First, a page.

Who are we at the end of all things?
A body on the beach sparks this question in Falling Animals, the debut novel from Sheila Armstrong, an acclaimed Irish writer whose first foray into novels focuses on the humanist approach to connection, communication, and our shared histories, conscious and unconscious.
Taking place in a remote seaside community in Ireland, Falling Animals concerns itself with the mystery of a body that appears on the shoreline, a cipher of a man unknown to the community. The ripples of this discovery tracks throughout the isolated denizens of the town, and we follow them from person to person, watching as Armstrong masterfully interlocks relationships and history over a mystery that is, at journey’s end, the least interesting part of the story.
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Armstrong’s work is filled with the physical act of existing – bodies that fly, that fall, that are suspended in paroxysms of grief and loss and disbelief. The novel is anchored by a pair of bodies that linger on in the minds of the residents, firstly the mysterious body on the beach, and then the past mooring of a ship whose metaphorical corpse lingers below the surface of the bay. Even the title of the work is filled with the connotations of bodies succumbing to natural forces – the opening salvo highlights a ‘collector’ whose job is to remove the bodies of dead animals and recalls an incident of a spooked horse that plunged from a cliff, “[jumping] so high it had almost, almost flown”.
Armstrong is a humane writer, interested in the overlapping of individual and community, of individualistic and collectivistic cultures. Every person highlighted in Falling Animals‘ 200-odd page count is a full human being, ripe with promise and pain and longing, connecting to other people in their community whether consciously or not, like the threads of a spider’s web, or the hairline fractures of shattered glass.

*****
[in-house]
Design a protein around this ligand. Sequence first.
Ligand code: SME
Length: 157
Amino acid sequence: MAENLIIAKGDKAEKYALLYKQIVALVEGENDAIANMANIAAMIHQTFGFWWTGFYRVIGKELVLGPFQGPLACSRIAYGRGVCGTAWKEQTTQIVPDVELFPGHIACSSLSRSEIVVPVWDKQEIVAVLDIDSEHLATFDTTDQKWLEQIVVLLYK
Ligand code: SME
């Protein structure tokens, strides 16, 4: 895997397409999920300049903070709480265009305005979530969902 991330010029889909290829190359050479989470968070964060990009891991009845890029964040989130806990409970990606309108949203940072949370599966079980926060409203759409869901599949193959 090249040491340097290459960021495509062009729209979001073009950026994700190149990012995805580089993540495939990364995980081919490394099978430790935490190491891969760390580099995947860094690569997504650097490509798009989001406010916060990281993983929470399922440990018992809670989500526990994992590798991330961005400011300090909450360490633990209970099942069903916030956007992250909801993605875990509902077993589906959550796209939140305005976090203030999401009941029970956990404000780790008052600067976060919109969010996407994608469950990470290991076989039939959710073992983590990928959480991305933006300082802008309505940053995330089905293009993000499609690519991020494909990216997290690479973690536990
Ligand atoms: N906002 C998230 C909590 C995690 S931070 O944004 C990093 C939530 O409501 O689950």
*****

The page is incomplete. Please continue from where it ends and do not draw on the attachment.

Themes abound in Falling Animals, the exploration of the human body most prominently. In Armstrong’s hands, bodies break and bend and bleed, healing under currents of pain and left adrift on rocky coastlines. One queasy moment examines an organ post-excision, “the lump of meat in the jar looked disgusting – white and diseased, with pieces floating around it in a hazy cloud”, while commenting on how, due to the rate of daily cell proliferation, we are never the same person from day-to-day.
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The concept of song runs a tangible thread through Falling Animals; the concept of singing as a method of not only communication but of connection is throughout. Singing in Falling Animals provides both a means of communing with the dead, both individually and communally, but also as a method of the deceased from reaching back through the gloom, as employed by one point-of-view character. It all builds to a climax that rewards the reader with the sublime, an ending of voice and heart and connection that embraces the certainty of death and infuses it with tenderness and great affection, a paean to life and living.
Falling Animals is a short and bittersweet delight, and while its focus on the interlacing connections of its community could have had more payoff and catharsis, it’s still a stellar work from a writer coming into her power as a novelist, with one of the most touching endings a curious reader is to read all year, an ending you’re sure to fall for, pun very much intended.
Falling Animals is out now from Bloomsbury Circus.